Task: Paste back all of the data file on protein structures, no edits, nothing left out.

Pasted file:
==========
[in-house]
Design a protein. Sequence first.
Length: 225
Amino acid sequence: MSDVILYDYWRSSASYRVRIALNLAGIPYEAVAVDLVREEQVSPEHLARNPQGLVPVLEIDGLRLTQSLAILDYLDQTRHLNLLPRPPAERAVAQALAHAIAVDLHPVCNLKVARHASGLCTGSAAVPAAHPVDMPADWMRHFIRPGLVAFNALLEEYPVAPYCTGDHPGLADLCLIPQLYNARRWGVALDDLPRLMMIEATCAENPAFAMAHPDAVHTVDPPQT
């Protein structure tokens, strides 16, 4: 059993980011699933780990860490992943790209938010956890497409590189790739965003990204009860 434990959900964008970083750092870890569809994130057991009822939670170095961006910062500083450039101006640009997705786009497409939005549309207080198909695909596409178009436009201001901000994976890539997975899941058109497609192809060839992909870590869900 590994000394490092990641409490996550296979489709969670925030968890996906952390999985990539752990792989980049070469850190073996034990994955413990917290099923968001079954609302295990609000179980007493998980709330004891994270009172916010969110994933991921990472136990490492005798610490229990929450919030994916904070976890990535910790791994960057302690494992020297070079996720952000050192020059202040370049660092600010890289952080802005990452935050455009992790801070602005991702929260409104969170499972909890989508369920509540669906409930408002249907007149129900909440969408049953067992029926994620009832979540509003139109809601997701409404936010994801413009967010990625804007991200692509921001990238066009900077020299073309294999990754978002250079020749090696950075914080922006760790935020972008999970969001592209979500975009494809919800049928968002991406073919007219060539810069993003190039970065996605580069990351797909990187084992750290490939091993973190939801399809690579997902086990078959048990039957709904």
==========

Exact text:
[in-house]
Design a protein. Sequence first.
Length: 225
Amino acid sequence: MSDVILYDYWRSSASYRVRIALNLAGIPYEAVAVDLVREEQVSPEHLARNPQGLVPVLEIDGLRLTQSLAILDYLDQTRHLNLLPRPPAERAVAQALAHAIAVDLHPVCNLKVARHASGLCTGSAAVPAAHPVDMPADWMRHFIRPGLVAFNALLEEYPVAPYCTGDHPGLADLCLIPQLYNARRWGVALDDLPRLMMIEATCAENPAFAMAHPDAVHTVDPPQT
């Protein structure tokens, strides 16, 4: 059993980011699933780990860490992943790209938010956890497409590189790739965003990204009860 434990959900964008970083750092870890569809994130057991009822939670170095961006910062500083450039101006640009997705786009497409939005549309207080198909695909596409178009436009201001901000994976890539997975899941058109497609192809060839992909870590869900 590994000394490092990641409490996550296979489709969670925030968890996906952390999985990539752990792989980049070469850190073996034990994955413990917290099923968001079954609302295990609000179980007493998980709330004891994270009172916010969110994933991921990472136990490492005798610490229990929450919030994916904070976890990535910790791994960057302690494992020297070079996720952000050192020059202040370049660092600010890289952080802005990452935050455009992790801070602005991702929260409104969170499972909890989508369920509540669906409930408002249907007149129900909440969408049953067992029926994620009832979540509003139109809601997701409404936010994801413009967010990625804007991200692509921001990238066009900077020299073309294999990754978002250079020749090696950075914080922006760790935020972008999970969001592209979500975009494809919800049928968002991406073919007219060539810069993003190039970065996605580069990351797909990187084992750290490939091993973190939801399809690579997902086990078959048990039957709904």